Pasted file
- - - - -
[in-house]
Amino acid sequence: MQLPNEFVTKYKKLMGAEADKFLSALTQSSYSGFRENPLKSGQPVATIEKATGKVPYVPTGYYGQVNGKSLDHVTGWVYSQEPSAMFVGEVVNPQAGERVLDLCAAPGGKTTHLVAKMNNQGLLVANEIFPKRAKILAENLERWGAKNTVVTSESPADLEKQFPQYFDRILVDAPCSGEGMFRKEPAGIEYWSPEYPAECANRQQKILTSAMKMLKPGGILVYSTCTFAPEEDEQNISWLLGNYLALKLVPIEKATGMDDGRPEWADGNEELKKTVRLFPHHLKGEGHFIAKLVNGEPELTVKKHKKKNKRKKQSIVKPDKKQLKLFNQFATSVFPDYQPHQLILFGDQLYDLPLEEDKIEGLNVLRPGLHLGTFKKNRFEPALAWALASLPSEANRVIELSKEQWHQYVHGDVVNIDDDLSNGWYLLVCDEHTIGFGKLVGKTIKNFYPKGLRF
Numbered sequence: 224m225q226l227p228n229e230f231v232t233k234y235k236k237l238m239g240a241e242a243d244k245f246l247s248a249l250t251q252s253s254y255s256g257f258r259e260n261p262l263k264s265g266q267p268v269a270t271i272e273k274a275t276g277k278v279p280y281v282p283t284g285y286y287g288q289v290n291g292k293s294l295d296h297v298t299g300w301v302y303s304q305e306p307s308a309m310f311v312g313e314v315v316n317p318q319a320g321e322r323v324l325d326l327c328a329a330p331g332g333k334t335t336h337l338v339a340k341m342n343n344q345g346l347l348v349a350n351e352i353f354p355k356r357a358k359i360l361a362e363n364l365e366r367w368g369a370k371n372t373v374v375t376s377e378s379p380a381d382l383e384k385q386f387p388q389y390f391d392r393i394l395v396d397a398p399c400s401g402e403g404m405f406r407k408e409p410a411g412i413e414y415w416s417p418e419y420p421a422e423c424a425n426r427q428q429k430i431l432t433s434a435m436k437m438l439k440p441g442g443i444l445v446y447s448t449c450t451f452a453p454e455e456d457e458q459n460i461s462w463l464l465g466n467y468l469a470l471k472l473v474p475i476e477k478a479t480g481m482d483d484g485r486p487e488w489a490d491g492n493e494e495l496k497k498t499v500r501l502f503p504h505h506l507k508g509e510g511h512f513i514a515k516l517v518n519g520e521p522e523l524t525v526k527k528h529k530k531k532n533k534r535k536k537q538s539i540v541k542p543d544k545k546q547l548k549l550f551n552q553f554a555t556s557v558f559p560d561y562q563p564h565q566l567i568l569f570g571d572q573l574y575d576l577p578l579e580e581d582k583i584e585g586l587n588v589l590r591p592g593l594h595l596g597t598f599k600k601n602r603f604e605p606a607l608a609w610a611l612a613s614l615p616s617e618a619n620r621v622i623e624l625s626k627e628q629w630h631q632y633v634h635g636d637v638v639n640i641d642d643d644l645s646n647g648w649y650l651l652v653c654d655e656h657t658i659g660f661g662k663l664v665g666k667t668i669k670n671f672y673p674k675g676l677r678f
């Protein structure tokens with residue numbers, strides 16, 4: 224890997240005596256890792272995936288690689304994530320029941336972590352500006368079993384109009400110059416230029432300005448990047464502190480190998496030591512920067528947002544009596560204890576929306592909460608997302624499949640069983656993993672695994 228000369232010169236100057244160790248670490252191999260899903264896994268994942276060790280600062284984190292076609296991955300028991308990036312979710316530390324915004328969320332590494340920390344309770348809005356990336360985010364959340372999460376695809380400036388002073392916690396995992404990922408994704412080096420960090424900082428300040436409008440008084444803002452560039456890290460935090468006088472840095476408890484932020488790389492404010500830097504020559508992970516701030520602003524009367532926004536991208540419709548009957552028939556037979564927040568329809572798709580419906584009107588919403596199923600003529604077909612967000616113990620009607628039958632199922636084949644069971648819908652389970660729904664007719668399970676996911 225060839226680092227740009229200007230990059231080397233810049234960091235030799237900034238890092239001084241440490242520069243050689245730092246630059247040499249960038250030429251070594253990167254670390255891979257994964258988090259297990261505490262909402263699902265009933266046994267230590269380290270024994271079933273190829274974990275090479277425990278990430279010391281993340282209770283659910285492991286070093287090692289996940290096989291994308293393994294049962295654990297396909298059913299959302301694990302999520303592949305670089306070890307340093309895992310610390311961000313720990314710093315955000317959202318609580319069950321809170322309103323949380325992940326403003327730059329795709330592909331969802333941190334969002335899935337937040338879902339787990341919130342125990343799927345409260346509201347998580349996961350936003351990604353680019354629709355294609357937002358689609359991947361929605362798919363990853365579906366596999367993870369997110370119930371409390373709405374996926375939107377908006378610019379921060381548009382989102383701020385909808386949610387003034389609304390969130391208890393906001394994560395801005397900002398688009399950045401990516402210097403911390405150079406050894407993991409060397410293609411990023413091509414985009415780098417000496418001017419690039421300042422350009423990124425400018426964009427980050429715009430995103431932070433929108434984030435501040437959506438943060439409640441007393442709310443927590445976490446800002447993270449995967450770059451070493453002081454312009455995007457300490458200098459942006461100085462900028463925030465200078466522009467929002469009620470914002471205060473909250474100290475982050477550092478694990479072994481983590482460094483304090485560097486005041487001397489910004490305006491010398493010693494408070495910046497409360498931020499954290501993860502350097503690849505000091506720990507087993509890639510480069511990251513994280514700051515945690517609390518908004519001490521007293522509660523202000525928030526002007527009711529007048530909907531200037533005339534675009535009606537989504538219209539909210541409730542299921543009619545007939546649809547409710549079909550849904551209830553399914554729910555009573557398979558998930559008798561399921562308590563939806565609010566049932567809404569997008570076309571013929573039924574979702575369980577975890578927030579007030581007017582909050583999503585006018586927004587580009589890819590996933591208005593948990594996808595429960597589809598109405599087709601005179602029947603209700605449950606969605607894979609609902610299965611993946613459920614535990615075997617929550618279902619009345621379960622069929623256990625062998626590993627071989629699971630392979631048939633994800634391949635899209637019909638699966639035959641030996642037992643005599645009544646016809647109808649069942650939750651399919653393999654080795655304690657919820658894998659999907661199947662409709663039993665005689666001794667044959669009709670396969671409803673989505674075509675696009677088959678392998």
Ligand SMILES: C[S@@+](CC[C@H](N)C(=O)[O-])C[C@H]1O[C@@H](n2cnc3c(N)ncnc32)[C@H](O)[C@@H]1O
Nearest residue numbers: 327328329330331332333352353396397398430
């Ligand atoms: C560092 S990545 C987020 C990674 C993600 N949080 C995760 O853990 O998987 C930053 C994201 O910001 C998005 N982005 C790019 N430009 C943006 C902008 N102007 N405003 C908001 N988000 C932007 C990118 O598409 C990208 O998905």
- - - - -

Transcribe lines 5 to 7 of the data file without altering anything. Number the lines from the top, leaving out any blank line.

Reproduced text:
Ligand SMILES: C[S@@+](CC[C@H](N)C(=O)[O-])C[C@H]1O[C@@H](n2cnc3c(N)ncnc32)[C@H](O)[C@@H]1O
Nearest residue numbers: 327328329330331332333352353396397398430
């Ligand atoms: C560092 S990545 C987020 C990674 C993600 N949080 C995760 O853990 O998987 C930053 C994201 O910001 C998005 N982005 C790019 N430009 C943006 C902008 N102007 N405003 C908001 N988000 C932007 C990118 O598409 C990208 O998905």